An internal chart prepared by federal investigators working on the so-called "Midyear Exam" probe into Hillary Clinton's emails, exclusively reviewed by Fox News, contained the words "NOTE: DOJ not willing to charge this" next to a key statute on the mishandling of classified information. The notation appeared to contradict former FBI Director James Comey's repeated claims that his team made its decision that Clinton should not face criminal charges independently.
Fox News has confirmed the chart served as a critical tip that provided the basis for Texas Republican Rep. John Ratcliffe's explosive questioning of former FBI lawyer Lisa Page last year, in which Page agreed with Ratcliffe's characterization that the DOJ had told the FBI that "you're not going to charge gross negligence." A transcript of Page's remarks was published Tuesday as part of a major document release by the ranking Republican on the House Judiciary Committee, Georgia Rep. Doug Collins.
The document, entitled "Espionage Act Charges – Retention/Mishandling," contained a list of several criminal statutes related to the mishandling of classified information, as well as a list of all the elements that prosecutors would need to prove in order to successfully prosecute a case.
Among the statutes listed are 18 U.S.C. 793(d), which covers the “willfull” retention of national defense information that could harm the U.S.; 18 U.S.C. 793(f), which pertains to "gross negligence" in the handling of classified information by permitting the information to be "removed from its proper place of custody"; and 18 U.S.C. 1924, listed as a misdemeanor related to retaining classified materials at an "unauthorized location."
Listed directly below to the elements of 18 U.S.C. 793(f) were the words: "NOTE: DOJ not willing to charge this; only known cases are Military, cases when accused lost the information (e.g. thumb drive sent to unknown recipient at wrong address.)"
Former FBI lawyer Lisa Page arriving for a closed-door interview with the House Judiciary and House Oversight Committees on Capitol Hill in July 2018. (Associated Press, File)
None of the other descriptions of the statutes had a similar notation.
In July 2016, Comey took the unusual step of making a public statement about the Clinton email investigation findings and his decision to recommend against criminal charges. He said Clinton had been "extremely careless" in handling classified information but insisted that "no reasonable prosecutor" would bring a case against her.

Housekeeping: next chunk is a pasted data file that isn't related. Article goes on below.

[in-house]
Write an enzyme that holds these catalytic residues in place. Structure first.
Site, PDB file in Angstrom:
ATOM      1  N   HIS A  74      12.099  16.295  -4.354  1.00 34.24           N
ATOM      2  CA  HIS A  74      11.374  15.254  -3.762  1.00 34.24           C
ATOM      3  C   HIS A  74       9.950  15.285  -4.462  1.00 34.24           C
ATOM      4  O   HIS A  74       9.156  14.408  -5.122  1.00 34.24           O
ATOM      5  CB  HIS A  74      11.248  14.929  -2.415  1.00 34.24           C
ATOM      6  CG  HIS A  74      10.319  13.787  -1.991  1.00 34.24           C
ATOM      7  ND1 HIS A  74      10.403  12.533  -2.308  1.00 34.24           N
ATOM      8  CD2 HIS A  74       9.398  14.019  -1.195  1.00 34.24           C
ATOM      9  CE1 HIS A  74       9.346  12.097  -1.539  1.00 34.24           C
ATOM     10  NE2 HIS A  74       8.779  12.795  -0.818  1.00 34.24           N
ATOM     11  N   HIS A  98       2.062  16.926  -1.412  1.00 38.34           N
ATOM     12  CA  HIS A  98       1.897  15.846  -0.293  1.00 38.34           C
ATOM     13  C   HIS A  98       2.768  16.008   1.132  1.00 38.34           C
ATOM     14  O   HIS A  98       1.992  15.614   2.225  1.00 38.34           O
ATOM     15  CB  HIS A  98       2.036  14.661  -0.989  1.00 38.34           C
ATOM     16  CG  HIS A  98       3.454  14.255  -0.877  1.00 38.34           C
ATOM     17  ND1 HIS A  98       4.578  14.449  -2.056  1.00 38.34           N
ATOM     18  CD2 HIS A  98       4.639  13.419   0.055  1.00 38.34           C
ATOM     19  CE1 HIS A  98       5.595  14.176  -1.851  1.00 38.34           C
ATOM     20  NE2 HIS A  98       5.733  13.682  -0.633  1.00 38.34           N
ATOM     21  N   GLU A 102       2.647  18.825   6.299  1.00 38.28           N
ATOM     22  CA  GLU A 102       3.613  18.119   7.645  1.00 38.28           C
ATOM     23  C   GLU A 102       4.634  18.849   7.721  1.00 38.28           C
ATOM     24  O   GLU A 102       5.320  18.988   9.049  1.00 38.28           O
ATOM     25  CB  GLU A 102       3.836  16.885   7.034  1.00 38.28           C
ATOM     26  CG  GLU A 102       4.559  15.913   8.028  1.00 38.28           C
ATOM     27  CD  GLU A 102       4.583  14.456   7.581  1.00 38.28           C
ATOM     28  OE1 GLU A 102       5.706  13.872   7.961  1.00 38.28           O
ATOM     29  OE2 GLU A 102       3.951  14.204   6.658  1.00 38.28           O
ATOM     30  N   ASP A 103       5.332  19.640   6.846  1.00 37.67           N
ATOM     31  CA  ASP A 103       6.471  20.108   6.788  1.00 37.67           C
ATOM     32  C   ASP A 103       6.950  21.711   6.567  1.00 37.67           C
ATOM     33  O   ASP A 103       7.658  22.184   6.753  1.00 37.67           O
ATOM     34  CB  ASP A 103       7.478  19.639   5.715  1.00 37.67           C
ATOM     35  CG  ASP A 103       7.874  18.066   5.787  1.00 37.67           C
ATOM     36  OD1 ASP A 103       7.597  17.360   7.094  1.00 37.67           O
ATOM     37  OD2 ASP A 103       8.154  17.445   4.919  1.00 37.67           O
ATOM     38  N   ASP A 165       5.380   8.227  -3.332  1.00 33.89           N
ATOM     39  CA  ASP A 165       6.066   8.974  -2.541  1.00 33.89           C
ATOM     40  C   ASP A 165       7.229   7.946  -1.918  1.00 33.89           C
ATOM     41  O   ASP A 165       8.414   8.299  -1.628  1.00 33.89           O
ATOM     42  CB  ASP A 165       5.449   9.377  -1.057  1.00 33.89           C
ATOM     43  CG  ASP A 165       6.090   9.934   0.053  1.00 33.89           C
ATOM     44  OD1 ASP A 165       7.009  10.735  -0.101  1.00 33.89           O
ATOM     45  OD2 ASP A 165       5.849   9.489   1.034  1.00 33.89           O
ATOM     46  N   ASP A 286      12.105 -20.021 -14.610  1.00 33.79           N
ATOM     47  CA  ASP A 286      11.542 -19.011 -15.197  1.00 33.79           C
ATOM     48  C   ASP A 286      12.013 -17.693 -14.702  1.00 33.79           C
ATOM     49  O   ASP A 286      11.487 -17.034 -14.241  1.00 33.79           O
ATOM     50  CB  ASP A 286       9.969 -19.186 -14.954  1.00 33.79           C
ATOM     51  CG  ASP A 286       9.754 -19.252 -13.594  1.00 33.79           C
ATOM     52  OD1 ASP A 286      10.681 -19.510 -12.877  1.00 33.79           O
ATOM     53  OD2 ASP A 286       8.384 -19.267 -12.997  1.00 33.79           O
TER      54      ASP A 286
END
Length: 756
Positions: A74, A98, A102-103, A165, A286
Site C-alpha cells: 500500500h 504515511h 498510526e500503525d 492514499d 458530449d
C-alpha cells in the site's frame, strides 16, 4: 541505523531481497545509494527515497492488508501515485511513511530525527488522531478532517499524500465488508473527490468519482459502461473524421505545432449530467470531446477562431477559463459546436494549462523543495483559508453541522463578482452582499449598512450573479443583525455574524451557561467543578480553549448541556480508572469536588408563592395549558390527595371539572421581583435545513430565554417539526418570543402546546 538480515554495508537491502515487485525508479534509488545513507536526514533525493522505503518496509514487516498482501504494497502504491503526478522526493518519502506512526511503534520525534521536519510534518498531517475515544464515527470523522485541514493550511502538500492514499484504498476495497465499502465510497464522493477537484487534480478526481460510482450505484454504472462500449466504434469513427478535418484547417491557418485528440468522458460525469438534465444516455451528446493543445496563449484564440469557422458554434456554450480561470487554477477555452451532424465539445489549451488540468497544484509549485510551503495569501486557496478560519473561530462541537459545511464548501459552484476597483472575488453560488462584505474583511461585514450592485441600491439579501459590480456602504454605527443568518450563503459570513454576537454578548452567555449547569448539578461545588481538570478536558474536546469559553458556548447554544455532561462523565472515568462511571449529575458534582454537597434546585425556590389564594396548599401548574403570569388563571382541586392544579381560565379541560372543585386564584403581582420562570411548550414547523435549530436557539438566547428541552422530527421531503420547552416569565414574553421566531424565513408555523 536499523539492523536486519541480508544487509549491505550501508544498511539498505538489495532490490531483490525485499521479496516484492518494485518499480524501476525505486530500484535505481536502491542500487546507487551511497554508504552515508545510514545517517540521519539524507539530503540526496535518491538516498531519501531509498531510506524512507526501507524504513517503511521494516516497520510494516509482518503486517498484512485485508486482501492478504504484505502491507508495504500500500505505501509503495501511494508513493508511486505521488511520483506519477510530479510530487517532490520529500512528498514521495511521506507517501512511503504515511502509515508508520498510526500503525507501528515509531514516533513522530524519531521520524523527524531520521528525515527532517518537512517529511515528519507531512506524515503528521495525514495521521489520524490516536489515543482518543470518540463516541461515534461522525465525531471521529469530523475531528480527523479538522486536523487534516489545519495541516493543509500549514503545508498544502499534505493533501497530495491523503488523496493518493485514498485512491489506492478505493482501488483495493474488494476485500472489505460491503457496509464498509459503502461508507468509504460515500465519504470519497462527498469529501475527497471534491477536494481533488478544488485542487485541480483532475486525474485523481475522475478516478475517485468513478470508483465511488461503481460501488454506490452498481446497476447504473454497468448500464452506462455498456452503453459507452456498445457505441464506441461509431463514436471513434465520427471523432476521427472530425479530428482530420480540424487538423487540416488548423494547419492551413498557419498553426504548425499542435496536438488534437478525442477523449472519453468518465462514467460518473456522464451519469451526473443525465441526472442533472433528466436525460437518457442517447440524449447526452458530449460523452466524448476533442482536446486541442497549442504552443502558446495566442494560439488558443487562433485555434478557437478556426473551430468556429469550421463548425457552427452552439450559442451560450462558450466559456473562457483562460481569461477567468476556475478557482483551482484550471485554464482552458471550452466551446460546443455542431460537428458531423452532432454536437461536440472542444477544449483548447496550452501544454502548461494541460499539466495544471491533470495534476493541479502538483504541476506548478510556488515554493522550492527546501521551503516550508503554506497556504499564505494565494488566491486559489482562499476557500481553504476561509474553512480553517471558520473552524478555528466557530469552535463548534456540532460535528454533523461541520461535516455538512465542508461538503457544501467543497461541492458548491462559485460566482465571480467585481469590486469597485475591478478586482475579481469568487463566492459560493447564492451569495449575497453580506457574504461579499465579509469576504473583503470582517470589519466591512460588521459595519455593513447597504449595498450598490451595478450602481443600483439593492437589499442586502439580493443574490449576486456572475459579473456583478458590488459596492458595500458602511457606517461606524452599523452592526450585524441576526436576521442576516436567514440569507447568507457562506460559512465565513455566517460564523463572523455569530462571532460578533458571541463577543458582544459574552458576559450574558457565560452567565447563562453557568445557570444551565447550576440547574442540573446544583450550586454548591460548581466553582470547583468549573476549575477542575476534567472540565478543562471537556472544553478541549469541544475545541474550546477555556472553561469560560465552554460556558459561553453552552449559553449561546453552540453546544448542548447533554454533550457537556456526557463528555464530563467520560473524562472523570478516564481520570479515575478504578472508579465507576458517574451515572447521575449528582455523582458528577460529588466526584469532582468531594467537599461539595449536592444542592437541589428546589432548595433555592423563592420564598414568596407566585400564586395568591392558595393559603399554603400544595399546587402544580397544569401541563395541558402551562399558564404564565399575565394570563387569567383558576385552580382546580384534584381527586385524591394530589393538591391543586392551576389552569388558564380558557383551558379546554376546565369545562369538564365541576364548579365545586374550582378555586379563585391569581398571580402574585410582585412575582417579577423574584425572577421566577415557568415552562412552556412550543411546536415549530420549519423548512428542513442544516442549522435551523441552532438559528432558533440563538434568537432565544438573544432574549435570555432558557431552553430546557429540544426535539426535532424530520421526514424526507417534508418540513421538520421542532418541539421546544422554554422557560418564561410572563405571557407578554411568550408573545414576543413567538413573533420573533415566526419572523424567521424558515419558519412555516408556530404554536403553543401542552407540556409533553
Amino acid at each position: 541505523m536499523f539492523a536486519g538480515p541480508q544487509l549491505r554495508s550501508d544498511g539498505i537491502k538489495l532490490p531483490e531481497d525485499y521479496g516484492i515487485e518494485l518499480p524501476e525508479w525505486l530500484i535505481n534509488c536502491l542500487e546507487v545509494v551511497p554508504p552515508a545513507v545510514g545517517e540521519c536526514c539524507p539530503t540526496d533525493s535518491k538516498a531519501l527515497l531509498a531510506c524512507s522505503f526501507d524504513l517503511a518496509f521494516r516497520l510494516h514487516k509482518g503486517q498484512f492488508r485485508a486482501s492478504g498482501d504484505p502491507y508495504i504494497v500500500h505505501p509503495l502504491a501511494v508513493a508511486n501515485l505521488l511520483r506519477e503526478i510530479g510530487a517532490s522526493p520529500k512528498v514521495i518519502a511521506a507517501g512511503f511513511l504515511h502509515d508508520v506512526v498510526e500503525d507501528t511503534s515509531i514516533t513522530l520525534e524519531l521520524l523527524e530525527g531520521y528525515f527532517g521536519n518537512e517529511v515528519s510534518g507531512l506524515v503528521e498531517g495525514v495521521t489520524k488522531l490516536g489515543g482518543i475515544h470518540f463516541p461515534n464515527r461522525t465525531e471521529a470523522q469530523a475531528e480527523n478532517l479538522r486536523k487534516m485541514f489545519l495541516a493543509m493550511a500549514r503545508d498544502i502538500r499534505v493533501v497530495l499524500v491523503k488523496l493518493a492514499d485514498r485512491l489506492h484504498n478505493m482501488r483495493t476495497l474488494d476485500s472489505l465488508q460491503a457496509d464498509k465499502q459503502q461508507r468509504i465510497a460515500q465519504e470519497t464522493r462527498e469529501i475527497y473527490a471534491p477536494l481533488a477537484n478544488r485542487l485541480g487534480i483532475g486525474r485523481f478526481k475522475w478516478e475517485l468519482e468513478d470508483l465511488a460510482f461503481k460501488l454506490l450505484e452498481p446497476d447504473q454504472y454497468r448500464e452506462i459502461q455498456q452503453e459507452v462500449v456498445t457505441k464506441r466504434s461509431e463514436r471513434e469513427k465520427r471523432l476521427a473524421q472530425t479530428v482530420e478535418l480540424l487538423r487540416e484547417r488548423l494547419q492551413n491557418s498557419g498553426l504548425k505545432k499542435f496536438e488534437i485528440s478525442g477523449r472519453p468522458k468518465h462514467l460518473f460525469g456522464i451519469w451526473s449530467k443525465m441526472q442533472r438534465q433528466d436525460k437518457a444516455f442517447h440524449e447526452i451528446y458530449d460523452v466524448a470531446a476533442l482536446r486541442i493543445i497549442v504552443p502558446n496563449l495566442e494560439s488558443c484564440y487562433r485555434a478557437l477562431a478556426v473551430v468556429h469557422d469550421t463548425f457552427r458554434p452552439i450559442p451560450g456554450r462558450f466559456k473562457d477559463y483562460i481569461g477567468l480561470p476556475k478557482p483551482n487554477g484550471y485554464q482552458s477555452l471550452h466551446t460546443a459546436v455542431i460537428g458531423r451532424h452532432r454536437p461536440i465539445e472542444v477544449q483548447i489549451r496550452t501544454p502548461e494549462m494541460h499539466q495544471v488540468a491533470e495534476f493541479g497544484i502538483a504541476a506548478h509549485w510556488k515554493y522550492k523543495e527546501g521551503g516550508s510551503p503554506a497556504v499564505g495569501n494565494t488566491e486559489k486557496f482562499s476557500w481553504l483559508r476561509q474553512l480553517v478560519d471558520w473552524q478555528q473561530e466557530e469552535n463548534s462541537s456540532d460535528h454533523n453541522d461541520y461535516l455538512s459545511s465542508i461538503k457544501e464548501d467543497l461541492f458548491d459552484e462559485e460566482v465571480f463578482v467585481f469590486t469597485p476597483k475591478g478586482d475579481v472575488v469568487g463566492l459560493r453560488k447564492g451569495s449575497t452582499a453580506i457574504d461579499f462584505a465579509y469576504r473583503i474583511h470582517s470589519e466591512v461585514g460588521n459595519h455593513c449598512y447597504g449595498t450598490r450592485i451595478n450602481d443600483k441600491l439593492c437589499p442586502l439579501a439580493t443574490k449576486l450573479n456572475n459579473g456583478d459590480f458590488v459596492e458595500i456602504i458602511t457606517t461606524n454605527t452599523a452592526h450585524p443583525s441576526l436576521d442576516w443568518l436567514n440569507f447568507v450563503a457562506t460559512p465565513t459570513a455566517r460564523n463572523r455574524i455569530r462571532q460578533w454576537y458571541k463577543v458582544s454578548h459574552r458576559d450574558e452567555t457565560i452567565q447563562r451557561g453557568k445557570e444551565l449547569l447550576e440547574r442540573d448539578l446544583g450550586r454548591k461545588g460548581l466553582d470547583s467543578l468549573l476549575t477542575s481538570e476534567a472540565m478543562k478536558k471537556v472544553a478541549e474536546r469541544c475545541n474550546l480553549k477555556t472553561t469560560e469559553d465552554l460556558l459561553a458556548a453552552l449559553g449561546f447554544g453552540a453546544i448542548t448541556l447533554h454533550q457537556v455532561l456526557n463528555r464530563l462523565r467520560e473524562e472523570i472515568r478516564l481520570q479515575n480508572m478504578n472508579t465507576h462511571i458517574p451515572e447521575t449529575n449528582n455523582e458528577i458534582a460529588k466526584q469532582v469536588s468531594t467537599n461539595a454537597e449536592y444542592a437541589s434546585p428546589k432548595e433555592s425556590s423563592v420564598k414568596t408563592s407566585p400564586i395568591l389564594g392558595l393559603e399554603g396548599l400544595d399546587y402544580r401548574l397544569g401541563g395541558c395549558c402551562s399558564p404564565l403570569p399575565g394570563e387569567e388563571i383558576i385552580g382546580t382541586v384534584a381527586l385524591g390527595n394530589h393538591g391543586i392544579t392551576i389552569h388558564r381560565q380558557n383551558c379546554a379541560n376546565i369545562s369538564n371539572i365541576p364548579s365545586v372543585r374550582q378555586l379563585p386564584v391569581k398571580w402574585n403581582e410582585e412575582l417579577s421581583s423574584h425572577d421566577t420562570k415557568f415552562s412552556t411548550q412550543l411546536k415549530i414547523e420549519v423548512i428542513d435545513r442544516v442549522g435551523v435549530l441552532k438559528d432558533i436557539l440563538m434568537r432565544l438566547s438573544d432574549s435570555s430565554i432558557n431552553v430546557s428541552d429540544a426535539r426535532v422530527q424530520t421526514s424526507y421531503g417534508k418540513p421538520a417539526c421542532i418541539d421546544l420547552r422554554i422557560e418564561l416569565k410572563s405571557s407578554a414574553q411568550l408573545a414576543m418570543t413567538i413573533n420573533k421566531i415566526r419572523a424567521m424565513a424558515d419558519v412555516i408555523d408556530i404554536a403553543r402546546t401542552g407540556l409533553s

Comey stated: "What I can assure the American people is that this investigation was done competently, honestly, and independently. No outside influence of any kind was brought to bear."
He later explained that he took the unusual step of announcing the FBI's conclusions because then-Obama administration Attorney General Loretta Lynch was spotted meeting secretly with former President Bill Clinton on an airport tarmac as the probe into Hillary Clinton, which Lynch was overseeing, continued.
Federal law states "gross negligence" in handling the nation’s intelligence can be punished criminally with prison time or fines, and there is no requirement that defendants act intentionally. Nevertheless, Comey said at the news conference, "Prosecutors necessarily weigh a number of factors before bringing charges," including "the strength of the evidence, especially regarding intent."
Loretta Lynch in Washington in November 2016. (REUTERS/Gary Cameron, File)
Originally Comey accused the former secretary of state of being “grossly negligent” in handling classified information in a draft dated May 2, 2016, but that was modified to claim that Clinton had merely been “extremely careless” in a draft dated June 10, 2016.
Page and since-fired FBI Special Agent Peter Strzok, who were romantically involved, exchanged numerous anti-Trump text messages in the lead-up to the 2016 presidential election, and Republicans have long accused the bureau of political bias.
However, Page's testimony and the internal "Midyear Exam" chart constituted perhaps the most salient evidence yet that the Justice Department may have interfered improperly with the FBI's supposedly independent conclusions on Clinton's criminal culpability.
"So let me if I can, I know I’m testing your memory," Ratcliffe began as he questioned Page under oath, according to a transcript excerpt he posted on Twitter. "But when you say advice you got from the Department, you’re making it sound like it was the Department that told you: You’re not going to charge gross negligence because we’re the prosecutors and we’re telling you we’re not going to —"
Page interrupted: "That is correct," as Ratcliffe finished his sentence, " — bring a case based on that."
Responding to the transcript revelations, Trump on Wednesday tweeted: "The just revealed FBI Agent Lisa Page transcripts make the Obama Justice Department look exactly like it was, a broken and corrupt machine. Hopefully, justice will finally be served. Much more to come!"
Fox News' Cyd Upson contributed to this report.